Summary: A "Casemate Short History" (the name of the series) of knights, predominantly British.
My Thoughts: It was fun to revisit this topic with a specific focus and a timeline.
I had never thought about when knights came to be. Obviously it was a gradual process, and obviously during the Middle Ages. Other than that, I would never have put a date on it. The authors choose the Battle of Hastings in 1066 as the moment of arrival.
That, I suppose, is certainly up for interpretation and debate. The ending of the era, on the other hand, is more obvious. If we consider armor and heraldry and specific modes of combat to define the knight's era, then it's when those things go away or become outdated that we can consider the age over. When warfare moved from swords and pikes and lances to artillery and firearms, armor became less useful. When wars were fought on grander scales with massive armies that required drilling and uniformity, the individual knight, with his ego and desire to do things his own way, became less useful. The authors do a great job of outlining this change.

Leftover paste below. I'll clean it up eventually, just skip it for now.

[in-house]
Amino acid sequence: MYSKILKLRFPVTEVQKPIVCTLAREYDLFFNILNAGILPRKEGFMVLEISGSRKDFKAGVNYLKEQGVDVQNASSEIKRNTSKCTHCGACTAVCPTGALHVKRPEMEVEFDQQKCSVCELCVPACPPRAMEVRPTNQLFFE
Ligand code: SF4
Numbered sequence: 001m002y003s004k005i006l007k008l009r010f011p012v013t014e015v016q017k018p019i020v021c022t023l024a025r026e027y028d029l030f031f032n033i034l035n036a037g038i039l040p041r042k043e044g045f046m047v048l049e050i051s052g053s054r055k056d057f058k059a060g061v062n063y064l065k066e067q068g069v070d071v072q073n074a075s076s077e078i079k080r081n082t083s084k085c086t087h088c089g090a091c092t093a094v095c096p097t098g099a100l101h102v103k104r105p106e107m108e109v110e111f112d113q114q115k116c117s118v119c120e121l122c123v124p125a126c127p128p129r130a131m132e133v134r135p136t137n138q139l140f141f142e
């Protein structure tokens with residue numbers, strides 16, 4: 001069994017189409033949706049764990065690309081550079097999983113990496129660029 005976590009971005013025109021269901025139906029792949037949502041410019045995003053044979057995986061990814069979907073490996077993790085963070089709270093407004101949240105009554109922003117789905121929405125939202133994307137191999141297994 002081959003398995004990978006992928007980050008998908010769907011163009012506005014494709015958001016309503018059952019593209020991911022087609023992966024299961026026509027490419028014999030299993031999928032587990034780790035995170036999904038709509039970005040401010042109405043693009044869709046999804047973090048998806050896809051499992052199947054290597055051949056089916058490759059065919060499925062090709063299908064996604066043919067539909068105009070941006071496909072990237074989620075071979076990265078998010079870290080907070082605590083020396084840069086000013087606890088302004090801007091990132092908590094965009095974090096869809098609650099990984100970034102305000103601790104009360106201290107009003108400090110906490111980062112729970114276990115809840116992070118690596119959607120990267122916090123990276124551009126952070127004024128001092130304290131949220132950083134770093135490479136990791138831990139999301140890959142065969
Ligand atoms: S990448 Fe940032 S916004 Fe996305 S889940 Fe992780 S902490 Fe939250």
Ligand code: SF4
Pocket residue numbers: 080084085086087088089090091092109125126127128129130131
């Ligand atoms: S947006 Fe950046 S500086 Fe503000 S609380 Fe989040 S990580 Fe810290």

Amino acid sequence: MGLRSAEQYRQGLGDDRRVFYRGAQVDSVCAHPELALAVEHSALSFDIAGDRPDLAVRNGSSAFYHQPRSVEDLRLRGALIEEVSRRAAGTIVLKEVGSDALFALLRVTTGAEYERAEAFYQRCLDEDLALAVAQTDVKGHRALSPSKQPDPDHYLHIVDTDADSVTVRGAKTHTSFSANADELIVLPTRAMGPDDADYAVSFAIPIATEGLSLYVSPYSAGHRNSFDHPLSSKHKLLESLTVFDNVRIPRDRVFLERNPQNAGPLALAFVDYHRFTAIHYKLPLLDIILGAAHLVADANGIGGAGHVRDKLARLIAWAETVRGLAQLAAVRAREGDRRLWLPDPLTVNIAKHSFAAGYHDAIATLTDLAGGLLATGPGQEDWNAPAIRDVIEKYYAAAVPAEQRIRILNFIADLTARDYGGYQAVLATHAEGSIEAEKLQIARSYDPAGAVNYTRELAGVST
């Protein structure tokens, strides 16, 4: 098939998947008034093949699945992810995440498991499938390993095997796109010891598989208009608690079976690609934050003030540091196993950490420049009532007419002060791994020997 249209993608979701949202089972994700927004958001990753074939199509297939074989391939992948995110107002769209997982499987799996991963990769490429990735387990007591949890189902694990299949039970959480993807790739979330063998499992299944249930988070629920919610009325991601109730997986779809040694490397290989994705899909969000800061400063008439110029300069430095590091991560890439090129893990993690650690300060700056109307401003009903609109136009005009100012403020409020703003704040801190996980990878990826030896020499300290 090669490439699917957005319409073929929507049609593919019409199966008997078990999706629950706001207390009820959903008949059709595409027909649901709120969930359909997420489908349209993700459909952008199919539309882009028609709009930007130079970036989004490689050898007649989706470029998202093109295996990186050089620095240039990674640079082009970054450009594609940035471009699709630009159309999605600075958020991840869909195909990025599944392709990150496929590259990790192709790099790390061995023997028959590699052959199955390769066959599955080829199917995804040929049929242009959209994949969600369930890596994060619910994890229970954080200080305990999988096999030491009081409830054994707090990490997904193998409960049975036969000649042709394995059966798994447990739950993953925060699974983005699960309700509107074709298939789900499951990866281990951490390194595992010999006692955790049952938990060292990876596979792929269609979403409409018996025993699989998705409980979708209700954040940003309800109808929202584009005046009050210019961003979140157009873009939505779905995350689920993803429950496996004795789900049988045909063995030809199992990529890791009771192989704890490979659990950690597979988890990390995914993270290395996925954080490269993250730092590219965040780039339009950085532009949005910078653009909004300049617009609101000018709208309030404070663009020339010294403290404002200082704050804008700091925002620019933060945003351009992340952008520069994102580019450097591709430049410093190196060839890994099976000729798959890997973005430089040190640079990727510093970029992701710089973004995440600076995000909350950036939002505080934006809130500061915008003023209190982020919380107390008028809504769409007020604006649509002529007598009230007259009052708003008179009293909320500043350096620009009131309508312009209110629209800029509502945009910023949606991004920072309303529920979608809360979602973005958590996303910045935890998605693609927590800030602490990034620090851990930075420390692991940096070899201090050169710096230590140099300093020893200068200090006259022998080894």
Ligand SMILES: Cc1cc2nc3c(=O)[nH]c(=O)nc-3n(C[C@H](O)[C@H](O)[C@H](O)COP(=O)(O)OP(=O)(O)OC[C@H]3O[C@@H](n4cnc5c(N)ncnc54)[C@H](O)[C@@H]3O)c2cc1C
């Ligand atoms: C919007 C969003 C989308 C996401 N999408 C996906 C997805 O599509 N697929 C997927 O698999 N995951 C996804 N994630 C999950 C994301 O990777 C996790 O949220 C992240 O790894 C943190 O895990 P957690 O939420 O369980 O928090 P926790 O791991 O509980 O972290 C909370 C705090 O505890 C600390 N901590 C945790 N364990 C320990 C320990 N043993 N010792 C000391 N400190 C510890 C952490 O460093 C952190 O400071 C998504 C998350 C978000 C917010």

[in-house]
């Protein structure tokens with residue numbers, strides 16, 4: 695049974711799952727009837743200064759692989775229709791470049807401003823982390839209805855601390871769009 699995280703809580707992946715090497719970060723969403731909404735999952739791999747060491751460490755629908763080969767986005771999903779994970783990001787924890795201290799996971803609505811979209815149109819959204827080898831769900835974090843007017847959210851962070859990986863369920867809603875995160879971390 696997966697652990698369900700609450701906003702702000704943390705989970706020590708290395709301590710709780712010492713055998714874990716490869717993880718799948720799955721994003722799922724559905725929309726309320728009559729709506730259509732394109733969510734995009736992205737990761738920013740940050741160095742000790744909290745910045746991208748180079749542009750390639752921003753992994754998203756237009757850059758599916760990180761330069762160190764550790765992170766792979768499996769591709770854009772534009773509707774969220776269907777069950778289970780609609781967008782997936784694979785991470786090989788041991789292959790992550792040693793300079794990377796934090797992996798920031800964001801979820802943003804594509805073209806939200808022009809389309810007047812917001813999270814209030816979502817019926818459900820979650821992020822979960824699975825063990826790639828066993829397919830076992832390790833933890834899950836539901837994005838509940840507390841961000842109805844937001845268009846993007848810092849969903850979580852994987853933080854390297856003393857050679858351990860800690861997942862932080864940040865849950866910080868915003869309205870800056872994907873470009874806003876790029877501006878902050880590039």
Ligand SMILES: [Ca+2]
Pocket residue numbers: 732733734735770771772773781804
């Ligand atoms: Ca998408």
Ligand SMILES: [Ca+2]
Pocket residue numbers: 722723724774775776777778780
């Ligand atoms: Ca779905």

They also seem to have fun tracing the history of the knight in combat, and this book becomes primarily a military history, mostly of British kings and their wars (the Crusades, the Hundred Years' War, the Wars of the Roses). They do profile a few knights from other countries and dabble in the literary works that have shaped our view of the knight through time, like Ivanhoe and the tales of King Arthur and his Knights of the Round Table. But, for the most part, it's a story of Richard the Lionheart, Edward Longshanks, Henry V and the others in the English line.
The subtitle is "Chivalry and Violence," and it delivers.